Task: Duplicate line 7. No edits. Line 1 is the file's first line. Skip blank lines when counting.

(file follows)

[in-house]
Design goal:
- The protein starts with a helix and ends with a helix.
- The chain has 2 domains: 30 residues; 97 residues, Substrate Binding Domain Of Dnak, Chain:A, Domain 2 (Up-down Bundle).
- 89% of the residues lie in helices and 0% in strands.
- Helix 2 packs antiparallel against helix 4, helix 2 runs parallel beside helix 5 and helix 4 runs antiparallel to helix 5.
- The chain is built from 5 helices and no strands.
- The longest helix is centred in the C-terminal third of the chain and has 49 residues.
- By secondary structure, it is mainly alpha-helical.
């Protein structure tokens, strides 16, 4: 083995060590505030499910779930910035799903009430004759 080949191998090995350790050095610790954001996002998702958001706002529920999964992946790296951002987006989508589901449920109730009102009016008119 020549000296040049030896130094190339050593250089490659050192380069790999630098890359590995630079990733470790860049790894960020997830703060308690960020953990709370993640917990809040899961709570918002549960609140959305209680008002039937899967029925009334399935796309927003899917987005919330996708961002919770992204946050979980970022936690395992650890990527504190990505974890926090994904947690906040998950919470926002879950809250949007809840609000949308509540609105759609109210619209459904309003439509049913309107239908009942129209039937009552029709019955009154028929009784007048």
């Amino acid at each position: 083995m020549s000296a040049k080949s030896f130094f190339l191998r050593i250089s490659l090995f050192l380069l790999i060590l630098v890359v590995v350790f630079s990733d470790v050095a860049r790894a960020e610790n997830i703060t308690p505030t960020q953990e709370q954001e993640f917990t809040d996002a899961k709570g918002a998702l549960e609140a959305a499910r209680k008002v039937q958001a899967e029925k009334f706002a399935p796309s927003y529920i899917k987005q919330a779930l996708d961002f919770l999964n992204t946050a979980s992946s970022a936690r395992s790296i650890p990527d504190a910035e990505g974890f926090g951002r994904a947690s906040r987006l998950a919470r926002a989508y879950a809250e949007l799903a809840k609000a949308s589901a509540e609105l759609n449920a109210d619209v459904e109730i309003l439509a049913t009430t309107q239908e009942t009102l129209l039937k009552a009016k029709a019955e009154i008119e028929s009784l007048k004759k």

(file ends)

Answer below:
- The chain is built from 5 helices and no strands.